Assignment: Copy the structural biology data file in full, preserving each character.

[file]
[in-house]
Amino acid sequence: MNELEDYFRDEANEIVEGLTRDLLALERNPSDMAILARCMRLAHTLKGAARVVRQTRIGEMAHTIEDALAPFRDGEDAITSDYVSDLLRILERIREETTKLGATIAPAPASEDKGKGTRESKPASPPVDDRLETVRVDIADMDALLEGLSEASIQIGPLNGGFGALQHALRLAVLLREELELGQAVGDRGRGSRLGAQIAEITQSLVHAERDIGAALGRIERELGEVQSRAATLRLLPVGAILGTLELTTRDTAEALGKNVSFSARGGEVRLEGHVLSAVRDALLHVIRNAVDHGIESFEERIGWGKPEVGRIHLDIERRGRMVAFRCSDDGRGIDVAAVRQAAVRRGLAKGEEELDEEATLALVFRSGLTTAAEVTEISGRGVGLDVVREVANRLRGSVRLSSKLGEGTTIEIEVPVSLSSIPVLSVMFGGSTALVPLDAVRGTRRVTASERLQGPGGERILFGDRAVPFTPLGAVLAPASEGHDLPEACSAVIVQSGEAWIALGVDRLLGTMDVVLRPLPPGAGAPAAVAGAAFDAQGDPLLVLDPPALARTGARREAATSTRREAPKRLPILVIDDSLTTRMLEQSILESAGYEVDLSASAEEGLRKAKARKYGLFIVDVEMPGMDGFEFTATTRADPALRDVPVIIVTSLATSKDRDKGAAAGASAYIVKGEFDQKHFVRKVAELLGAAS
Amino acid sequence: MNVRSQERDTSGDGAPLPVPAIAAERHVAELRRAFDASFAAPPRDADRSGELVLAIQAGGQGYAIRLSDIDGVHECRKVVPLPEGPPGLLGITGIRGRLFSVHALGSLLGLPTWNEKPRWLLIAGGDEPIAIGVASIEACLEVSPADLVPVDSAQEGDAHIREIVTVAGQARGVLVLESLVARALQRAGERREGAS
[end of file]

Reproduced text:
[in-house]
Amino acid sequence: MNELEDYFRDEANEIVEGLTRDLLALERNPSDMAILARCMRLAHTLKGAARVVRQTRIGEMAHTIEDALAPFRDGEDAITSDYVSDLLRILERIREETTKLGATIAPAPASEDKGKGTRESKPASPPVDDRLETVRVDIADMDALLEGLSEASIQIGPLNGGFGALQHALRLAVLLREELELGQAVGDRGRGSRLGAQIAEITQSLVHAERDIGAALGRIERELGEVQSRAATLRLLPVGAILGTLELTTRDTAEALGKNVSFSARGGEVRLEGHVLSAVRDALLHVIRNAVDHGIESFEERIGWGKPEVGRIHLDIERRGRMVAFRCSDDGRGIDVAAVRQAAVRRGLAKGEEELDEEATLALVFRSGLTTAAEVTEISGRGVGLDVVREVANRLRGSVRLSSKLGEGTTIEIEVPVSLSSIPVLSVMFGGSTALVPLDAVRGTRRVTASERLQGPGGERILFGDRAVPFTPLGAVLAPASEGHDLPEACSAVIVQSGEAWIALGVDRLLGTMDVVLRPLPPGAGAPAAVAGAAFDAQGDPLLVLDPPALARTGARREAATSTRREAPKRLPILVIDDSLTTRMLEQSILESAGYEVDLSASAEEGLRKAKARKYGLFIVDVEMPGMDGFEFTATTRADPALRDVPVIIVTSLATSKDRDKGAAAGASAYIVKGEFDQKHFVRKVAELLGAAS
Amino acid sequence: MNVRSQERDTSGDGAPLPVPAIAAERHVAELRRAFDASFAAPPRDADRSGELVLAIQAGGQGYAIRLSDIDGVHECRKVVPLPEGPPGLLGITGIRGRLFSVHALGSLLGLPTWNEKPRWLLIAGGDEPIAIGVASIEACLEVSPADLVPVDSAQEGDAHIREIVTVAGQARGVLVLESLVARALQRAGERREGAS